Well I was wondering that if I ever upgrade my bk to 15 gallons if I would be capable to do 10 gallon batches with 10 gal Mash tun..
But @csantoni kind of answered my question when saying that a 5 gal Mash tun is good for 5 gallon batches.. That is with beers under 1060..
 
OP
M

Munichdark

Member
Joined
Sep 24, 2021
Messages
14
Reaction score
4
70 degrees is fine for ales. But remember that yeast produces a little heat of its own during fermentation. So 70 degrees room temp could be as much as 10 degrees more inside the fermenter and 80 degrees is getting up there.

You can do a simple thing they call a swamp cooler. Put your fermenter in a tub of water with a towel or t-shirt over it and a small fan if possible.
Is that with both the t shirt and fermenter submerged?
 

bracconiere

Jolly Alcoholic
HBT Supporter
Joined
Jan 19, 2018
Messages
16,150
Reaction score
8,023
Location
S.AZ
Kay thnks.. Do you do 10 gallon batches with a 10 gallon cooler ? Or is a bigger cooler required for 10 gal batches?
Well I was wondering that if I ever upgrade my bk to 15 gallons if I would be capable to do 10 gallon batches with 10 gal Mash tun..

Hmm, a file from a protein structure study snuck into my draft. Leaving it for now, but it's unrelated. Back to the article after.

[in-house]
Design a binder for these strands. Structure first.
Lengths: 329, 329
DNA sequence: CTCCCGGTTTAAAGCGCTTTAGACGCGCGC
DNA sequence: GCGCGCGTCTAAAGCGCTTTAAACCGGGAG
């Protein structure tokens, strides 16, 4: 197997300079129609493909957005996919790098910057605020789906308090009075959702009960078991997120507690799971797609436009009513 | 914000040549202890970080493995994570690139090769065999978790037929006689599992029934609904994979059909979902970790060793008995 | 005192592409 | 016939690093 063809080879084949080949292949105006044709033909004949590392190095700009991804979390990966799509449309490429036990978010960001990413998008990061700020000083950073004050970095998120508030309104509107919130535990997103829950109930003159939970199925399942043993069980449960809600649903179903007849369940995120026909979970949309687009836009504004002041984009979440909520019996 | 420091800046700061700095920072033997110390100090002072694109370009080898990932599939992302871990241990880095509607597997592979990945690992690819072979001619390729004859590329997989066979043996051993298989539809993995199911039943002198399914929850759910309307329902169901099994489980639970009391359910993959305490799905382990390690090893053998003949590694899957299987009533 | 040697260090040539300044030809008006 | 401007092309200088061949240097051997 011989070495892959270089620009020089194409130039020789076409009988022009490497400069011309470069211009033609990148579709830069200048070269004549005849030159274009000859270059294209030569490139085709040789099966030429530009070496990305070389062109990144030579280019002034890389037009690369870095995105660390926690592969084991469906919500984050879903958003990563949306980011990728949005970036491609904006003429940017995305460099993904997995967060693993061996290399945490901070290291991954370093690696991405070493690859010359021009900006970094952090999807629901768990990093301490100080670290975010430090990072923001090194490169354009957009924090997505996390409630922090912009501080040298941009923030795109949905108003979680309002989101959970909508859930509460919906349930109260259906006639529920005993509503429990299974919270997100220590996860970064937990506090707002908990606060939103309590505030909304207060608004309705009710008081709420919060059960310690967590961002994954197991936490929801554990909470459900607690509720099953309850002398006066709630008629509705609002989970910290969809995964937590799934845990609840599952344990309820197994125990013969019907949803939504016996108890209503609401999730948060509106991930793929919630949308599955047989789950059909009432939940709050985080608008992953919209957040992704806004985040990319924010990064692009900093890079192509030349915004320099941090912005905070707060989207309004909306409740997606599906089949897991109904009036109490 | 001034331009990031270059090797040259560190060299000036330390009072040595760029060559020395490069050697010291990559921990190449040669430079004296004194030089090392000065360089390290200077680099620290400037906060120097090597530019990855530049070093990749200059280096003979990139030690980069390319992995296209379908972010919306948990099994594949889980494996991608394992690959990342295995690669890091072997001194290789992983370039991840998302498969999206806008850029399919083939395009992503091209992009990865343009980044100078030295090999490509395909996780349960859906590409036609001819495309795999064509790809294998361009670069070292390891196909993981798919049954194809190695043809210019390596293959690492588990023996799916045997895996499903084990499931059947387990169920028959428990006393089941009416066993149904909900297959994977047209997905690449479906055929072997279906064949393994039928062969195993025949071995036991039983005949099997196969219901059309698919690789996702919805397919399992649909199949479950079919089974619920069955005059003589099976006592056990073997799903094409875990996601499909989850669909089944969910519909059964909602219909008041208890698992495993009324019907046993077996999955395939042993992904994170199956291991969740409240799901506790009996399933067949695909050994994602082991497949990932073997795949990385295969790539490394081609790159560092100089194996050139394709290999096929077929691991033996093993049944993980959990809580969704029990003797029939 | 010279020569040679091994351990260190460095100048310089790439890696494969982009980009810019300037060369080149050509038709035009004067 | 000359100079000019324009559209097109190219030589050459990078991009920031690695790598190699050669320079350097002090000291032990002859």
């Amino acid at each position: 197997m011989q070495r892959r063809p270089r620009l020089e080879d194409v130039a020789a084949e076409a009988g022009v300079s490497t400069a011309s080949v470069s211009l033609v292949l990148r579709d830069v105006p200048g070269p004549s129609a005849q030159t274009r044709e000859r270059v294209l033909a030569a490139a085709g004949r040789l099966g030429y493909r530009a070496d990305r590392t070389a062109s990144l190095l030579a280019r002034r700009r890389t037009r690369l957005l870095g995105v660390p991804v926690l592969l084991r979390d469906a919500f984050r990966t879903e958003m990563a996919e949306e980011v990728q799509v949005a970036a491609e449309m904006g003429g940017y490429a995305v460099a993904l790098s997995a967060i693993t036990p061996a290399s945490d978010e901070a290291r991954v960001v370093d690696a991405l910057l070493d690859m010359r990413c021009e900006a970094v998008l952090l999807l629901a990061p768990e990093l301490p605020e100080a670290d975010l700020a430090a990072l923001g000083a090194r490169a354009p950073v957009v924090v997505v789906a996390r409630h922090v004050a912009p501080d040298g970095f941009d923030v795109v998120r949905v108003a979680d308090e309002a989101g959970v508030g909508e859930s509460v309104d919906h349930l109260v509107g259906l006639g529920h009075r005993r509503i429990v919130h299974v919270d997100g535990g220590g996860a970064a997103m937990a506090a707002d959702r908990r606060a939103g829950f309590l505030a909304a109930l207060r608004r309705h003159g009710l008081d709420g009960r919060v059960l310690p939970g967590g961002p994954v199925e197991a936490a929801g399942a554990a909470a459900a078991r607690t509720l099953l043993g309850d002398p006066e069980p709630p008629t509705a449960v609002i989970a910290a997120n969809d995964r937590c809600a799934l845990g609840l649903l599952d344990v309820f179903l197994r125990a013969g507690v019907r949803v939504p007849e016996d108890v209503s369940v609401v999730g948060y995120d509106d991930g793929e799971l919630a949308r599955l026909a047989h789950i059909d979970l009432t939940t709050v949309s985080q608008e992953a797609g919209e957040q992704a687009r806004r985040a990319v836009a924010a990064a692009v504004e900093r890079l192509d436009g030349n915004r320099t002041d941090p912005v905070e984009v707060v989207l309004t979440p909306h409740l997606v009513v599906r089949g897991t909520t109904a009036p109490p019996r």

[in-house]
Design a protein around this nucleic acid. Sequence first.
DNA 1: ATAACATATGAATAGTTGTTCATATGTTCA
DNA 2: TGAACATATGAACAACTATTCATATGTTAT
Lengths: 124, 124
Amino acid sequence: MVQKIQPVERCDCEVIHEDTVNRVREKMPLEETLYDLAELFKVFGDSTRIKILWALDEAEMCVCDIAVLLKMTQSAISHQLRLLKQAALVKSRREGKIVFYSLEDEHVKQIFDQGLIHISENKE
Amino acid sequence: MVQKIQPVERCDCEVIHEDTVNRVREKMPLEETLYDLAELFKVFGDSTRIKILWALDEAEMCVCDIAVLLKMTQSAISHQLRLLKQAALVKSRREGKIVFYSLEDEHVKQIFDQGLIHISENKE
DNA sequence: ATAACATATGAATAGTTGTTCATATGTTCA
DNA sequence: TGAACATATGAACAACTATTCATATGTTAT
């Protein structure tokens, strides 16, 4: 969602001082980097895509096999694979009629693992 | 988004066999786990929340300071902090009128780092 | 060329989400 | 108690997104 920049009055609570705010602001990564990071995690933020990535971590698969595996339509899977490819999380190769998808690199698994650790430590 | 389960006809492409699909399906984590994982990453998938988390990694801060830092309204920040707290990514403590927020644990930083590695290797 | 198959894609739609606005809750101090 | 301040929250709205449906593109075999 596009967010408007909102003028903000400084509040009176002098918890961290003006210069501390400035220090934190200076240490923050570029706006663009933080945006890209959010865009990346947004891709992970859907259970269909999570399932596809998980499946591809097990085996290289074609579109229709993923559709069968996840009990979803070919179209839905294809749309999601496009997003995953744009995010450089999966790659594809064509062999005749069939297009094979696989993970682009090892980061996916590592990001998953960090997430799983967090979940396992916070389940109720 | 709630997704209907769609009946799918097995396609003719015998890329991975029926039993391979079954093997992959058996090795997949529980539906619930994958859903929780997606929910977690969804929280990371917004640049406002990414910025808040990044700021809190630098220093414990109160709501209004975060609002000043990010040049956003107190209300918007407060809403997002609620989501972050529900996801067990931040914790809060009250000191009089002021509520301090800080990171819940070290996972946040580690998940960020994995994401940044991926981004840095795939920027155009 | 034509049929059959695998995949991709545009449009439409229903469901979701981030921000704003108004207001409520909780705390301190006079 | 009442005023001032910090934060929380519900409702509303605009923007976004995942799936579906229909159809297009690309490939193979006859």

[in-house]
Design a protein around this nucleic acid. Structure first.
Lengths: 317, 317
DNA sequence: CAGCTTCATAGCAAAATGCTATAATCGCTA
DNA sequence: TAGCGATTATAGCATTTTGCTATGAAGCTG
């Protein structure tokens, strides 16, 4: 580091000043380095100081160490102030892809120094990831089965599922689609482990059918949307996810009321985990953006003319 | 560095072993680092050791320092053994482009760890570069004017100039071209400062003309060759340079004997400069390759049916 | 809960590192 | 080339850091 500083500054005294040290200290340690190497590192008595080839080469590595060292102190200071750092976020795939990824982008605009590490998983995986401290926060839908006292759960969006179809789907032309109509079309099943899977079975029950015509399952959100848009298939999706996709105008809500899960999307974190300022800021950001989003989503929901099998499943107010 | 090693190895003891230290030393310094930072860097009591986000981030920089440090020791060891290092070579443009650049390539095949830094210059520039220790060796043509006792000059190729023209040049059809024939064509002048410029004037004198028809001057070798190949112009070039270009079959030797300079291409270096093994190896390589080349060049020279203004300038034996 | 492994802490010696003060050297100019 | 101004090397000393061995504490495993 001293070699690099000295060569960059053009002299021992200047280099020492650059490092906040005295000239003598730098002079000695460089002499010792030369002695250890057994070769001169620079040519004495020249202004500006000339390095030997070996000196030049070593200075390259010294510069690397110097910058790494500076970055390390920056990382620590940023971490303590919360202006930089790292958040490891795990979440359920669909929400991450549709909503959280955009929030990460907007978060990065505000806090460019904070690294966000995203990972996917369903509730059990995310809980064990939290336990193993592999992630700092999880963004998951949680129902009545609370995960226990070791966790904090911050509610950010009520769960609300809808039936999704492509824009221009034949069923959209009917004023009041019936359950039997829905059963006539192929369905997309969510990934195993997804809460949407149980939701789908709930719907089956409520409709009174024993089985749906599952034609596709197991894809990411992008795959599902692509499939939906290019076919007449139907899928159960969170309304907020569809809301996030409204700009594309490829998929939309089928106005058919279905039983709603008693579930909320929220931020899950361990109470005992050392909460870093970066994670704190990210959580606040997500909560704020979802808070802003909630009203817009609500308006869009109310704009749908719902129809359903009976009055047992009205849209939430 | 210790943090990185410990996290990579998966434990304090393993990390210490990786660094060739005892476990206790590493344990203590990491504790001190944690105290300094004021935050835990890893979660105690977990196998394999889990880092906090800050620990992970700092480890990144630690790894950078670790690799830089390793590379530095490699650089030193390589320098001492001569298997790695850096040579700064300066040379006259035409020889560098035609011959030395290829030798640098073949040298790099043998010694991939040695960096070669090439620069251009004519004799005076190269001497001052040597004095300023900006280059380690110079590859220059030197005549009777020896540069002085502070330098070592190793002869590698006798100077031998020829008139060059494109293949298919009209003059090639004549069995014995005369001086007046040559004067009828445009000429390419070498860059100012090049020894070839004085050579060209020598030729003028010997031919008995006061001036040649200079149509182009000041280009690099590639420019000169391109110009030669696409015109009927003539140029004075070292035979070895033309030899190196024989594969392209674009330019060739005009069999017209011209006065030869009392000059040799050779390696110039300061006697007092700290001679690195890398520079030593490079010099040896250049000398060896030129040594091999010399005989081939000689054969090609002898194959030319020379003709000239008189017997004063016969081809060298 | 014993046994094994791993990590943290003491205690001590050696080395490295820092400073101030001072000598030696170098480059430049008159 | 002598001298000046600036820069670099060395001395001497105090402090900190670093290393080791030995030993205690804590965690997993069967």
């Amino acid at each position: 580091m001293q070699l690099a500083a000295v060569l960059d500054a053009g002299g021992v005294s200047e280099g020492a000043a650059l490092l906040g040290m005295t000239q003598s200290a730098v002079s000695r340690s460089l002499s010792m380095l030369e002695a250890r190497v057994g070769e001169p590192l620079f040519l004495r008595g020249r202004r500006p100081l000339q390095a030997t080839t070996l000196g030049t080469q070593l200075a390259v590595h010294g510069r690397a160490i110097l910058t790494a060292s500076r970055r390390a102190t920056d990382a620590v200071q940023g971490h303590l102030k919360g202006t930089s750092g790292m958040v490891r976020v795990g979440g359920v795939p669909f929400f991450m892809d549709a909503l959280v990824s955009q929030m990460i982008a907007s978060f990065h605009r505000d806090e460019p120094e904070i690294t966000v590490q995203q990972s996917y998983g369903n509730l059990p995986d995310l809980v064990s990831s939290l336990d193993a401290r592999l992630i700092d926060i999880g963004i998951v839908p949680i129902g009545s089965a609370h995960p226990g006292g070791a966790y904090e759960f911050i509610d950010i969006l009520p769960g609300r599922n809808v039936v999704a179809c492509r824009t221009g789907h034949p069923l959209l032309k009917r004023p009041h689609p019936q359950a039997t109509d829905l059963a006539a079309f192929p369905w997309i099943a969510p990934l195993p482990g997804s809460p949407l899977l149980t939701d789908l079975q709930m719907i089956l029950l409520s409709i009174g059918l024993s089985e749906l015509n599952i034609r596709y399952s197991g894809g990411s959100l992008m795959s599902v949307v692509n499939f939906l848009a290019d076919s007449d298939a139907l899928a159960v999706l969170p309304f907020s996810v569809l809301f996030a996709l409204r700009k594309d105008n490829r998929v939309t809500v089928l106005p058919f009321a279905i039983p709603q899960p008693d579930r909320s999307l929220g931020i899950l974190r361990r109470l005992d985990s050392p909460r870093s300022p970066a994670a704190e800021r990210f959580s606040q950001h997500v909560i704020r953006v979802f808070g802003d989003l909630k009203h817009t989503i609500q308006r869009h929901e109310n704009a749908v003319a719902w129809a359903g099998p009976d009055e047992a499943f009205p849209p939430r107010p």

But @csantoni kind of answered my question when saying that a 5 gal Mash tun is good for 5 gallon batches.. That is with beers under 1060..

i brew 10 gallon batches, 15 gallon pot, and 10 gallon cooler....i can actually get OG of ~1.070 with the cooler. 20 to 23lbs of malt.
 

csantoni

Supporting Member
HBT Supporter
Joined
Jun 11, 2021
Messages
265
Reaction score
522
Location
Sunnyvale, CA
i brew 10 gallon batches, 15 gallon pot, and 10 gallon cooler....i can actually get OG of ~1.070 with the cooler. 20 to 23lbs of malt.
So this is, IMO, the one area where chasing higher efficiency matters. You basically have two choices: 1. Oversize your MLT (10g for 5g batch, 15g for 10g, ...) and don't worry about your efficiency because you can always buy more grain. or 2. Understand you are size constrained and make sure your process is as efficient as possible.

I know @bracconiere goes for as high efficiency as possible so he can get a higher max OG from his system. I'm not quite there yet, but I'll be doing sort of the same thing. Since I don't brew much of anything above 1.055 it's not a big deal for me. What's more important than any of this though is having a repeatable process. If your efficiency is different for every batch then it's going to be hard to know exactly how much grain you need to hit your targets. High efficiency is a good thing, but repeatable, consistent process is better.
 

bracconiere

Jolly Alcoholic
HBT Supporter
Joined
Jan 19, 2018
Messages
16,150
Reaction score
8,023
Location
S.AZ
i would point out, that's with store bought malt. with my homemalt i usually get ~1.057 or so with 20lbs...for the record.....80% still isn't bad....but it's not 90! ;) :mug:
 
Top